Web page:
Ha Ha sorry Kenneth have just looked above and seen what you mean. Imagine having to break hard......
Mess in the shop? What mess?
You look busy!
Me: were did you find that last picture of the Fordson loading off of the ramp? I have never seen this one before.
I think it was on another forum a while ago, while I was searching for tractor pictures. Basically the other side of the picture posted above.
Back to the topic sorry I went off abit, so it will be capable of taking the weight as long as I look to renew or beef up the suspension and brakes and load bed.
I will be getting one in need of complete restoration so I can build it from ground up.
I have seen one that has a seized engine, no bed but comes with a rocky mountain gearbox.
Is the chassis something I should worry about rust wise or are they pretty good generally?
I think it would depend on what the frame actually looks like. Heavy rust pitting in the frame will obviously weaken it. The TT frames are much bigger, thicker and more durable than a car frame. I think the key thing you have to remember is you will be carrying a load, and therefore have to accommodate for such. If it was me, I would do it, but I would put some type of accessory brakes on or even adapt some hydraulic brakes. Also, with a TT, you won't (can not) be in a hurry. I would expect 15 MPH tops all loaded up. That is fine except for the fact everyone else nowadays wants/has to go at least 3 time that putting your safety at risk.
The suspension is heavy enough as is, if it is in good shape. Rocky Mtn or other brake upgrades are a must, especially with an auxiliary trans or Ruckstell. I have crossed the scales at 6000 lbs in my dump truck an it handles fine, albeit with 12 forward gears and some extra muscle in the engine room. That's near a 4000 lb load, counting the weight of the dump box. Don't attempt if you are in a hurry to get somewhere.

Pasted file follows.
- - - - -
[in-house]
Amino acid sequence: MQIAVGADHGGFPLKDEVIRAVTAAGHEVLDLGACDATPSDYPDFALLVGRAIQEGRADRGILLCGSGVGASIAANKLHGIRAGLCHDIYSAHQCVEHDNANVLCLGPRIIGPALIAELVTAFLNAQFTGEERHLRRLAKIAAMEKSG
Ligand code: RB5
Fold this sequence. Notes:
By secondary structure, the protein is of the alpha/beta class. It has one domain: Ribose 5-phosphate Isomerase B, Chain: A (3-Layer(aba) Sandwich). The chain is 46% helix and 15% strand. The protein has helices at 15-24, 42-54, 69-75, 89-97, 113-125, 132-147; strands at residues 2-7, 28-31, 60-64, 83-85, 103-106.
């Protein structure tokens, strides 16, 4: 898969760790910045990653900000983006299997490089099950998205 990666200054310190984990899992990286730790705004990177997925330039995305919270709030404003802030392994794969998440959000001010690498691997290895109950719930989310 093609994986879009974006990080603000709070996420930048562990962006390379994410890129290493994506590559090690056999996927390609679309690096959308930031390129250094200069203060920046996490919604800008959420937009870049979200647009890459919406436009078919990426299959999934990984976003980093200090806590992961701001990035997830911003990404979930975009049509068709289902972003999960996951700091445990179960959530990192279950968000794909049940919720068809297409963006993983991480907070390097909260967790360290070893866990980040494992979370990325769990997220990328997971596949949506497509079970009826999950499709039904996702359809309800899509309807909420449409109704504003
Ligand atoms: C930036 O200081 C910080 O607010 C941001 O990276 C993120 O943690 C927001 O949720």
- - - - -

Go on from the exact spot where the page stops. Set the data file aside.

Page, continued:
I hope that Fordson in the pic above was tied down somehow. Stab the brake pedal and you would be skewered by the starting crank and squashed down into 8 gallons of gasoline on top of the exhaust pipe. Recipe for a really bad BBQ.
Your original question is whether a 2919 pound load would be suitable for a one ton TT to carry as payload.
If you do the restoration yourself - you can engineer & improve the payload capacity.
Whether the concept is practicable and/or permissible to be operated on your local roads is best answered by you & your local motor vehicle authority.
You could add a second rear axle as T-Model Tommy did in the book.
Me, you got anymore pictures of those triple gears...I'd like to see what that's all hooked up to.
Those aren't triple gears. They're the transmission gears. It's not a planetary transmission but a more conventional sliding gear type tranny.
Another old guy, I was about to suggest T model Tommy to the forum. By (maybe) Stephen W Meader to see how they did things then. Maybe also see Bulldozer by the same guy. Dave in Bellingham,WA
There was an article in the Model T Times back in the late '80's-early-'90's(I think) about "Goat" Robertson hauling a 7 ton Gum tree log on his TT with a semi trailer down south somewhere. VERY good story. Dave
Hey "me", be kind to your rear shackles. Jack up the bed and rear springs and rest the rear spring 'eyes' on a slab of hard wood like oak when you carry that Model F.
And Justin H, your picture intrigues me. That tractor has the ladder side radiator shell of 1918-19 but rear fenders came out in '24. But they're not Ford fenders because of the lack of tool boxes, huh?
Aftermarket George? Dave
That picture was posted by Jay over on the MTFCI site some time ago. I saved it when I was looking into how TT's were painted. The paint chart shows that truck bodies had a dull paint and all other chassis parts were shiny which that one seems to show. As far as the tractor goes, I have no idea.